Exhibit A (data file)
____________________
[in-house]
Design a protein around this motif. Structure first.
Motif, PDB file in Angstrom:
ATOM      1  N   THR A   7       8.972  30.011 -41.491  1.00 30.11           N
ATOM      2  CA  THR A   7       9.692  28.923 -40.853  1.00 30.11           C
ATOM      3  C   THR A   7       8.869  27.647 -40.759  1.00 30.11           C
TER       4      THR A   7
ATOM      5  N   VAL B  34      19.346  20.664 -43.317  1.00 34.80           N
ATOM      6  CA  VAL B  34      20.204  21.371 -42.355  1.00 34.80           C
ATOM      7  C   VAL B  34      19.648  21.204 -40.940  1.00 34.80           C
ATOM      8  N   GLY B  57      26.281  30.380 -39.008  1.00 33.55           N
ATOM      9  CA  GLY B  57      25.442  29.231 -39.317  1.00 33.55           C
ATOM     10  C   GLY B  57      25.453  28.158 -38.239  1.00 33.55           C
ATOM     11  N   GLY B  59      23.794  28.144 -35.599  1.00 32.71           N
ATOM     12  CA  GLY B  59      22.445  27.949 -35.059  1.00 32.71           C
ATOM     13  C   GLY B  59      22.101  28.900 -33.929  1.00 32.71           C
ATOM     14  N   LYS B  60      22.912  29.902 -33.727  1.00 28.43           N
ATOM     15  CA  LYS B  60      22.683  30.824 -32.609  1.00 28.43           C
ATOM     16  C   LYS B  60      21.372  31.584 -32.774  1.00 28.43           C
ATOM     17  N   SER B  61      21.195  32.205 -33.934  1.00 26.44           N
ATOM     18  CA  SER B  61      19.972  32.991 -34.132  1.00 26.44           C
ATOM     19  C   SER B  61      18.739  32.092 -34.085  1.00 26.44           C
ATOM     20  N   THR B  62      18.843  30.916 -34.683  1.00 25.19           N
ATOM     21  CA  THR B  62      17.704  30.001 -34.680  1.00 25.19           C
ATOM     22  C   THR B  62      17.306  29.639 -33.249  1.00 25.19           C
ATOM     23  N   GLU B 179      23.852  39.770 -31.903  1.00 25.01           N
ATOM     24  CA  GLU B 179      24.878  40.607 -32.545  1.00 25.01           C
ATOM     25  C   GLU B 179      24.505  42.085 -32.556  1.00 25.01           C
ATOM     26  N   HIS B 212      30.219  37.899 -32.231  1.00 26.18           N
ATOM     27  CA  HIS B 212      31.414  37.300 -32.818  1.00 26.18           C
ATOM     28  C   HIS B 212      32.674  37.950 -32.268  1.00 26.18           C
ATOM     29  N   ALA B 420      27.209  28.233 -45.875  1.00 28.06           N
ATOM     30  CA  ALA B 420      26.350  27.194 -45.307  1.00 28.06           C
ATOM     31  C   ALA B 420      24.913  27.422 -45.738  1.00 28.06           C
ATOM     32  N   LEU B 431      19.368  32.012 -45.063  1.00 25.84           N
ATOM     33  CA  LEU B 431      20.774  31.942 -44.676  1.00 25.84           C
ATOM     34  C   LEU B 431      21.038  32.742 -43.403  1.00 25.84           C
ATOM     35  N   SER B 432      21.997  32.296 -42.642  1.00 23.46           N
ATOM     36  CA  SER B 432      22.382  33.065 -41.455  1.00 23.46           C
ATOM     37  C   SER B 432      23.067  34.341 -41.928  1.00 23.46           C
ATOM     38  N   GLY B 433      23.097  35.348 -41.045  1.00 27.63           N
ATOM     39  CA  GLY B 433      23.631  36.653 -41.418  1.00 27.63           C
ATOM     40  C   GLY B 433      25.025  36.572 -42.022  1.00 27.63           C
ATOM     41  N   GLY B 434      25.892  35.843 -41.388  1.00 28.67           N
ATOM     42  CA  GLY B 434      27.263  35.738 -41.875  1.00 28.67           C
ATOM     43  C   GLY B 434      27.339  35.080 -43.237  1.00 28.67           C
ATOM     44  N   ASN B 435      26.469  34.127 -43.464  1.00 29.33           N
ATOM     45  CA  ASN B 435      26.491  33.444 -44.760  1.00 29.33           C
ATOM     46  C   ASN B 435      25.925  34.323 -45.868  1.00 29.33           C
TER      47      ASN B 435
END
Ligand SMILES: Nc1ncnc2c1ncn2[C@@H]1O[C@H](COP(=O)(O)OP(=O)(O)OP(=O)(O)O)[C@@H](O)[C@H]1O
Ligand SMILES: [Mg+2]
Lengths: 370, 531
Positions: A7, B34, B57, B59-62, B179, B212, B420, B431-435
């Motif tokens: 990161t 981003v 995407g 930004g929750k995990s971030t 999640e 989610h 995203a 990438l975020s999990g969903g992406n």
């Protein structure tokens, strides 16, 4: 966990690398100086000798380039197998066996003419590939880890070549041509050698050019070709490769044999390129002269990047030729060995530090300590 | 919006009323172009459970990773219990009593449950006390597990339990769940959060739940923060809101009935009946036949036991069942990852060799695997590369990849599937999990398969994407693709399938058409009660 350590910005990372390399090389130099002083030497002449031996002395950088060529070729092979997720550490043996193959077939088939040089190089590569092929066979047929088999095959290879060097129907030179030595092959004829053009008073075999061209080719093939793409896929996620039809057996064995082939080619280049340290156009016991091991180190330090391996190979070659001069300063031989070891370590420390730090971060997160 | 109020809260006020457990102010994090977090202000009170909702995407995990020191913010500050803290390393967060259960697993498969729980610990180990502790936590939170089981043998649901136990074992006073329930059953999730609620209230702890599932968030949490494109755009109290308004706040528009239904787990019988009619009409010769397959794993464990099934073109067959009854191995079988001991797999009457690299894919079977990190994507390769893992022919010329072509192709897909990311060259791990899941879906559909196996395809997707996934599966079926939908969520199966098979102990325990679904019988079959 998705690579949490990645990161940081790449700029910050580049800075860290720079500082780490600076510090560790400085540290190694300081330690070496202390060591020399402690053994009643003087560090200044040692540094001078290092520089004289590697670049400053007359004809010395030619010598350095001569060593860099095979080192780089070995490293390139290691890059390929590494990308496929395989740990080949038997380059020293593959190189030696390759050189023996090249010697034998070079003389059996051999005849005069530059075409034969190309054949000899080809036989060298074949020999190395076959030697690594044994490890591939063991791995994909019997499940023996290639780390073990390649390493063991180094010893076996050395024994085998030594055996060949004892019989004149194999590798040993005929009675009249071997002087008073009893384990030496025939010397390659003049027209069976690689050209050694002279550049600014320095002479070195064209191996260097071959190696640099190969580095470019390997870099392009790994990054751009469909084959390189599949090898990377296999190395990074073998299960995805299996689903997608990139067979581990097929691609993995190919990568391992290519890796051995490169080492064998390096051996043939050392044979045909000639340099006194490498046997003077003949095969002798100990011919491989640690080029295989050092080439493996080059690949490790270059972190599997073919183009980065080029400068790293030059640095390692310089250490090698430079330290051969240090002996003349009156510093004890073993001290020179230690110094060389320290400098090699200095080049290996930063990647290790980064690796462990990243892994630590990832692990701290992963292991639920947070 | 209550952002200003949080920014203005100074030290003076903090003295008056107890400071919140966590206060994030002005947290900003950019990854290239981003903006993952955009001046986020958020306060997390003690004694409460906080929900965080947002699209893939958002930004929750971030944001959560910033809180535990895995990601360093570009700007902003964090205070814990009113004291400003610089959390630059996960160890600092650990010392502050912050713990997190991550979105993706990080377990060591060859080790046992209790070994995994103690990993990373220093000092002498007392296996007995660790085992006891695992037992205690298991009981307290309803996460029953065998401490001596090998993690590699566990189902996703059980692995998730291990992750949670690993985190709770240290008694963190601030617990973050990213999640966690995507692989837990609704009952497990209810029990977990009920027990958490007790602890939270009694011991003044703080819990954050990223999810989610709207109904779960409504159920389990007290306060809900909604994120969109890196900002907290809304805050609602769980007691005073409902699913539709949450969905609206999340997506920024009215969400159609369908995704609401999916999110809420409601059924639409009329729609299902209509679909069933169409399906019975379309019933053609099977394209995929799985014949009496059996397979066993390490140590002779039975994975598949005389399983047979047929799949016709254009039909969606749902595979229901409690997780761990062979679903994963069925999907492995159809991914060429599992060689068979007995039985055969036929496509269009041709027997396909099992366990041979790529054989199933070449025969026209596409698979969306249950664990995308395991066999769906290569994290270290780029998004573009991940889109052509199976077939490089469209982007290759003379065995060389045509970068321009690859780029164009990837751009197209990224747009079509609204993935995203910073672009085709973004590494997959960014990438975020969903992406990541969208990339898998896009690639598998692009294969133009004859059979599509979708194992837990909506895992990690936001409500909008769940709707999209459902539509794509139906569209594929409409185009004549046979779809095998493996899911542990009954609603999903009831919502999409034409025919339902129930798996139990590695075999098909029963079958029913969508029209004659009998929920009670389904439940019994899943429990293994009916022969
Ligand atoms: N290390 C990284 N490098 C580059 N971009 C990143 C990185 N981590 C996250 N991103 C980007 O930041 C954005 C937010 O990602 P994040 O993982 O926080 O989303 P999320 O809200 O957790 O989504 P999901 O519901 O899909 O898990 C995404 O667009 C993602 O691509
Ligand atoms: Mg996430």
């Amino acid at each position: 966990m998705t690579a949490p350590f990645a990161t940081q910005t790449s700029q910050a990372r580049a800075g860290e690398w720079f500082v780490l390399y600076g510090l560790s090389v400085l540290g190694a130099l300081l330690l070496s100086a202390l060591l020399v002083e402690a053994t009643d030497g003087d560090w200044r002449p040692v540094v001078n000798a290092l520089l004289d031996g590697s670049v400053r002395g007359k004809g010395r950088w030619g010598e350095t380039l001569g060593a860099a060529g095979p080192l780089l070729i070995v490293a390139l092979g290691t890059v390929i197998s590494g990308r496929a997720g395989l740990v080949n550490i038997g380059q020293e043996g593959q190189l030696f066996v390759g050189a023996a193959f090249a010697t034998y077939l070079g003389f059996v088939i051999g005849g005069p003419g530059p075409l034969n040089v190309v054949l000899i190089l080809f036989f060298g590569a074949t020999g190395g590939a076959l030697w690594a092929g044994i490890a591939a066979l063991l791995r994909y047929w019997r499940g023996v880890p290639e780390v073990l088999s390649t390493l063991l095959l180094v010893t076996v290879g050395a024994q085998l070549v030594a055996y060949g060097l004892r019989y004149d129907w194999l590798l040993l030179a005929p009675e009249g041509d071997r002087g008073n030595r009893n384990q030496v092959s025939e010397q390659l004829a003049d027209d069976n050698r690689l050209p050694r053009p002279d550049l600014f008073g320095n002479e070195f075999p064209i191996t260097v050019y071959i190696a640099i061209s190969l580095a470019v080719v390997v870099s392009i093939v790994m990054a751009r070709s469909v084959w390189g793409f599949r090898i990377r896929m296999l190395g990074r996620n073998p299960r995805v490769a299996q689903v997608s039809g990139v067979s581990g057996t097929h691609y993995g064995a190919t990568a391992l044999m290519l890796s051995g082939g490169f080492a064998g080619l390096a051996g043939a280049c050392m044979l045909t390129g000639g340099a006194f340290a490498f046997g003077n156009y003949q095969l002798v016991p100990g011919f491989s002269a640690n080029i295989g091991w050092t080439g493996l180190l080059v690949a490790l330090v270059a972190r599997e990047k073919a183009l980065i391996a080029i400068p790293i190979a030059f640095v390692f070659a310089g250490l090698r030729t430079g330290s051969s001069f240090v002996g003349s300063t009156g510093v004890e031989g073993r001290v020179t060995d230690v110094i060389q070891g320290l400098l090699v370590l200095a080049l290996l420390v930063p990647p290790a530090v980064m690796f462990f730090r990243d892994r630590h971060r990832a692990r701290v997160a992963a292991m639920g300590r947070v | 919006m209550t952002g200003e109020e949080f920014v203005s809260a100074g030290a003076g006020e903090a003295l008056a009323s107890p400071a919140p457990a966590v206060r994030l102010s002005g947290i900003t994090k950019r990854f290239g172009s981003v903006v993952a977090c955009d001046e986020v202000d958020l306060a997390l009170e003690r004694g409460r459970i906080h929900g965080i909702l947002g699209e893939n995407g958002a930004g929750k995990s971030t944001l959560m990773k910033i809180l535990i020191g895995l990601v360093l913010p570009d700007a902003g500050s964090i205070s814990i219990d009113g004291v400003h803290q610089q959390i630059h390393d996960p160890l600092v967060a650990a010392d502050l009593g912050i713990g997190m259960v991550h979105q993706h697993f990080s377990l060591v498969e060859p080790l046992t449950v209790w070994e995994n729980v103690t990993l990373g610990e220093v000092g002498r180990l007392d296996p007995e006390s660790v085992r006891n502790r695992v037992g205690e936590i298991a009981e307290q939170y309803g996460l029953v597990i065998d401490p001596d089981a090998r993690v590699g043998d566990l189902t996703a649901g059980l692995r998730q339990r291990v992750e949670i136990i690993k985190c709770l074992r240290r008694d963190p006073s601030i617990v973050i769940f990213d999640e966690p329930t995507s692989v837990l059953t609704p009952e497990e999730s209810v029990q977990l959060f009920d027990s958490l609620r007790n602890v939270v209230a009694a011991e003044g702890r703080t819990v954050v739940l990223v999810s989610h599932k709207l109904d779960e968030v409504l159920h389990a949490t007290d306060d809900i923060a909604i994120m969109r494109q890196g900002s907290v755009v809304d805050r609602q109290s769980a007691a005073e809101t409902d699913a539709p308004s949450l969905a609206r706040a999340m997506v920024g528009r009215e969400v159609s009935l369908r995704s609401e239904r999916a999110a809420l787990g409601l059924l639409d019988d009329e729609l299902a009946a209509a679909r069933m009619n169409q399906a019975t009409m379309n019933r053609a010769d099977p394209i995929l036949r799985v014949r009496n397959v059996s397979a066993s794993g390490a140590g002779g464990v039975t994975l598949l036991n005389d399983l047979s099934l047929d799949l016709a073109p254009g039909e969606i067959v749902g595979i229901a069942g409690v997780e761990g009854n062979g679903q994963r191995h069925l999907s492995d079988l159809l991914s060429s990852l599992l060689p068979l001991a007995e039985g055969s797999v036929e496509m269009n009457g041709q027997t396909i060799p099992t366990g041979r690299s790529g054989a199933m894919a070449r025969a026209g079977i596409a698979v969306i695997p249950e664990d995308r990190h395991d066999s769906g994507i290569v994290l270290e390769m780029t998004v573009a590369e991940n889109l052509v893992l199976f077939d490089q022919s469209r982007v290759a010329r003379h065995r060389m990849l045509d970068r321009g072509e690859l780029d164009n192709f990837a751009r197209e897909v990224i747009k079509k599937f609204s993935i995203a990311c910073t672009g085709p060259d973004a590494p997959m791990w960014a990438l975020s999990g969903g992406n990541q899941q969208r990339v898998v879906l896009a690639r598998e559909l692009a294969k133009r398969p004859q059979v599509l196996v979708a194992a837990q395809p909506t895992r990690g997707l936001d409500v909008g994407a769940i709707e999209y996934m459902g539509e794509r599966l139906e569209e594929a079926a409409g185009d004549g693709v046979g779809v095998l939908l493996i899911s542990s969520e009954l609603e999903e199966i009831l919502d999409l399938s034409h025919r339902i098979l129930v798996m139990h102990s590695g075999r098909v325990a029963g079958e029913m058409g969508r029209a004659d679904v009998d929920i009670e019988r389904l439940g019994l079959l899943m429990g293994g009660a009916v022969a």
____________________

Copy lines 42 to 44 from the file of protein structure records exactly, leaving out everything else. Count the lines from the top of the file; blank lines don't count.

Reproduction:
ATOM     39  CA  GLY B 433      23.631  36.653 -41.418  1.00 27.63           C
ATOM     40  C   GLY B 433      25.025  36.572 -42.022  1.00 27.63           C
ATOM     41  N   GLY B 434      25.892  35.843 -41.388  1.00 28.67           N